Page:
Political Bribery in Japan

By Richard H. Mitchell | Go to book overview

1. Legacies

DURING THE SEVENTH CENTURY the Yamato kingdom, which regarded itself as Japan's central government, tried to build a strong centralized state, using Chinese techniques for expanding political power. The Yamato political leadership was attracted to Chinese ideas and methods for state building because the Chinese system was based on a rational hierarchical authority, which the leadership wanted to use to end endemic strife among rival political forces. One of the strongest proponents of the Chinese-style state was Prince Shōtoku, who introduced a system of court ranks similar to those in Korean kingdoms ( 603) and who reopened diplomatic exchange with China ( 607-608). By creating a Chinese-style ranking system for officials based on merit, the central government aimed at strengthening its control.1

Prince Shōtoku is perhaps best remembered for the so-called Seventeen-Article Constitution ( 604). Although historians are at odds on its date and some feel that the prince had no hand in writing these articles, it is certain that the central government issued either these injunctions or similar rules to local officials. These seventeen injunctions, based on Chinese theories of state, created a new set of political ethics for the ruling class. Japan's ruler was equated with heaven, and officials were ordered to obey imperial decrees.2 Article 5 of the injunctions illustrates that authorities at the capital were concerned about officials taking bribes. This article reads in part, "Abstain from gluttony and discard the desire for wealth; you must judge lawsuits impartially. . . . Nowadays (konogoro) it is common for authorities, who aim at making profit, to look at the size of a litigant's purse before making a decision."3 The use of the term "nowadays" in this article is significant, because that word would be used for a current situation. Its use suggests serious complaints about officials from farmers.4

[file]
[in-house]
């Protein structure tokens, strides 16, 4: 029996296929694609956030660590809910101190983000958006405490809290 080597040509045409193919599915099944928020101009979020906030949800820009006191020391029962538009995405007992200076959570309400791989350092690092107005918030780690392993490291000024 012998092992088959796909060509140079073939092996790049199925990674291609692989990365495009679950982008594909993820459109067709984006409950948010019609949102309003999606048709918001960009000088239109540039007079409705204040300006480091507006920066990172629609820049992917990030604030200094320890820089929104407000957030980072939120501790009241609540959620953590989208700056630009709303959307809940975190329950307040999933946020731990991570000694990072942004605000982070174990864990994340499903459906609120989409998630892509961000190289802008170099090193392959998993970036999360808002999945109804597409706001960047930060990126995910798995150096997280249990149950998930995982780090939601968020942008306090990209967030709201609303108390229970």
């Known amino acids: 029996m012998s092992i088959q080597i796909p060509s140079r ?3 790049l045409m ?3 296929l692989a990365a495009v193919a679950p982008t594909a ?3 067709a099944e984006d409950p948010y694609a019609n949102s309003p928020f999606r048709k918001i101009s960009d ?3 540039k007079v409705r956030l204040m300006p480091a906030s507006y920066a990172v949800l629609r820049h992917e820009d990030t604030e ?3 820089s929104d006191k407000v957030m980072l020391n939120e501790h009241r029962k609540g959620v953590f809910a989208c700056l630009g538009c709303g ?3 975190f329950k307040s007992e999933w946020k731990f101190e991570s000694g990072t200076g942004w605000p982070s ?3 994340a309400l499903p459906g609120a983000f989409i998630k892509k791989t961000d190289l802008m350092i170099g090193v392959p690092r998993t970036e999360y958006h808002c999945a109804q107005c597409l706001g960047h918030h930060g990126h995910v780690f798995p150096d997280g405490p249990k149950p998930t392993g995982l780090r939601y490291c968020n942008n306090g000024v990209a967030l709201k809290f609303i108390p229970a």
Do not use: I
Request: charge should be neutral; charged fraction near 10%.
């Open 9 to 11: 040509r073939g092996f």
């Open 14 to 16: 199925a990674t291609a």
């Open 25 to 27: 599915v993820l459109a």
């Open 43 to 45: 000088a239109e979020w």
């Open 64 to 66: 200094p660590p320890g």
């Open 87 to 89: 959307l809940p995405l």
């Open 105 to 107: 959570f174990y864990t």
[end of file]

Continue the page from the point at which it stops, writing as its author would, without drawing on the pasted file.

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Political Bribery in Japan
Table of contents

Table of contents

  • Title Page iii
  • Contents vii
  • A Note on the Transliteration of Japanese Words x
  • 1. Legacies 1
  • 2. the New State 10
  • 3. the Era of Party Government 41
  • 4. Purifying Politics 64
  • 5. Occupation Era 92
  • 6. "New" Japan 109
  • 7. Conclusion 133
  • Index 201
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